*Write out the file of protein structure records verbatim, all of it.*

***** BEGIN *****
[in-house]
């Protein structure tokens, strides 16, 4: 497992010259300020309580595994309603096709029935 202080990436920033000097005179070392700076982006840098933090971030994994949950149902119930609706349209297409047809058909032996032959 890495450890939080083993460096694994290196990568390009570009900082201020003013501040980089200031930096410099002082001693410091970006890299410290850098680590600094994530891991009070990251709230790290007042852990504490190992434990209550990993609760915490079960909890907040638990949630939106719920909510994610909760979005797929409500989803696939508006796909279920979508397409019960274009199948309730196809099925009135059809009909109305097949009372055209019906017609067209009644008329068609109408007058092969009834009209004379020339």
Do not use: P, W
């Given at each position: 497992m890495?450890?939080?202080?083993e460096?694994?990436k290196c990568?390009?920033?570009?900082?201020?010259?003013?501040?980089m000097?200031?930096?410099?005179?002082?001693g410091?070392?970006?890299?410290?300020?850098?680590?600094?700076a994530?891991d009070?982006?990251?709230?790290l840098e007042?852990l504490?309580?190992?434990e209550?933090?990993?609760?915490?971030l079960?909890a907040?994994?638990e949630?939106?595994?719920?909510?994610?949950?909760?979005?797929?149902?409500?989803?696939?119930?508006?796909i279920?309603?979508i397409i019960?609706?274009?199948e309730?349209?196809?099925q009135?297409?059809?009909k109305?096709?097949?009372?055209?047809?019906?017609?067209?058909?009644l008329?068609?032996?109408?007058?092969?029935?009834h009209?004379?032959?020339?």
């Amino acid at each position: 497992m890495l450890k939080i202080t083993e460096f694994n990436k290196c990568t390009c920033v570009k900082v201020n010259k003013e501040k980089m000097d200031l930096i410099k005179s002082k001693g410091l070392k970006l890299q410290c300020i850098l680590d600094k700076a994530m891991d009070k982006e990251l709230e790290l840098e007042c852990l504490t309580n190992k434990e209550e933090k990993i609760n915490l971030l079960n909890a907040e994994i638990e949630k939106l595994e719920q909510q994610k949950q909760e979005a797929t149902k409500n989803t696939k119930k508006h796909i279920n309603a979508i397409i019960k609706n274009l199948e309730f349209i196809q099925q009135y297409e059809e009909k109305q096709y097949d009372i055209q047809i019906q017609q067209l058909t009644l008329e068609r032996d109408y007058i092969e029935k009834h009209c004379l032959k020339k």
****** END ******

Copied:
[in-house]
């Protein structure tokens, strides 16, 4: 497992010259300020309580595994309603096709029935 202080990436920033000097005179070392700076982006840098933090971030994994949950149902119930609706349209297409047809058909032996032959 890495450890939080083993460096694994290196990568390009570009900082201020003013501040980089200031930096410099002082001693410091970006890299410290850098680590600094994530891991009070990251709230790290007042852990504490190992434990209550990993609760915490079960909890907040638990949630939106719920909510994610909760979005797929409500989803696939508006796909279920979508397409019960274009199948309730196809099925009135059809009909109305097949009372055209019906017609067209009644008329068609109408007058092969009834009209004379020339």
Do not use: P, W
């Given at each position: 497992m890495?450890?939080?202080?083993e460096?694994?990436k290196c990568?390009?920033?570009?900082?201020?010259?003013?501040?980089m000097?200031?930096?410099?005179?002082?001693g410091?070392?970006?890299?410290?300020?850098?680590?600094?700076a994530?891991d009070?982006?990251?709230?790290l840098e007042?852990l504490?309580?190992?434990e209550?933090?990993?609760?915490?971030l079960?909890a907040?994994?638990e949630?939106?595994?719920?909510?994610?949950?909760?979005?797929?149902?409500?989803?696939?119930?508006?796909i279920?309603?979508i397409i019960?609706?274009?199948e309730?349209?196809?099925q009135?297409?059809?009909k109305?096709?097949?009372?055209?047809?019906?017609?067209?058909?009644l008329?068609?032996?109408?007058?092969?029935?009834h009209?004379?032959?020339?």
């Amino acid at each position: 497992m890495l450890k939080i202080t083993e460096f694994n990436k290196c990568t390009c920033v570009k900082v201020n010259k003013e501040k980089m000097d200031l930096i410099k005179s002082k001693g410091l070392k970006l890299q410290c300020i850098l680590d600094k700076a994530m891991d009070k982006e990251l709230e790290l840098e007042c852990l504490t309580n190992k434990e209550e933090k990993i609760n915490l971030l079960n909890a907040e994994i638990e949630k939106l595994e719920q909510q994610k949950q909760e979005a797929t149902k409500n989803t696939k119930k508006h796909i279920n309603a979508i397409i019960k609706n274009l199948e309730f349209i196809q099925q009135y297409e059809e009909k109305q096709y097949d009372i055209q047809i019906q017609q067209l058909t009644l008329e068609r032996d109408y007058i092969e029935k009834h009209c004379l032959k020339k």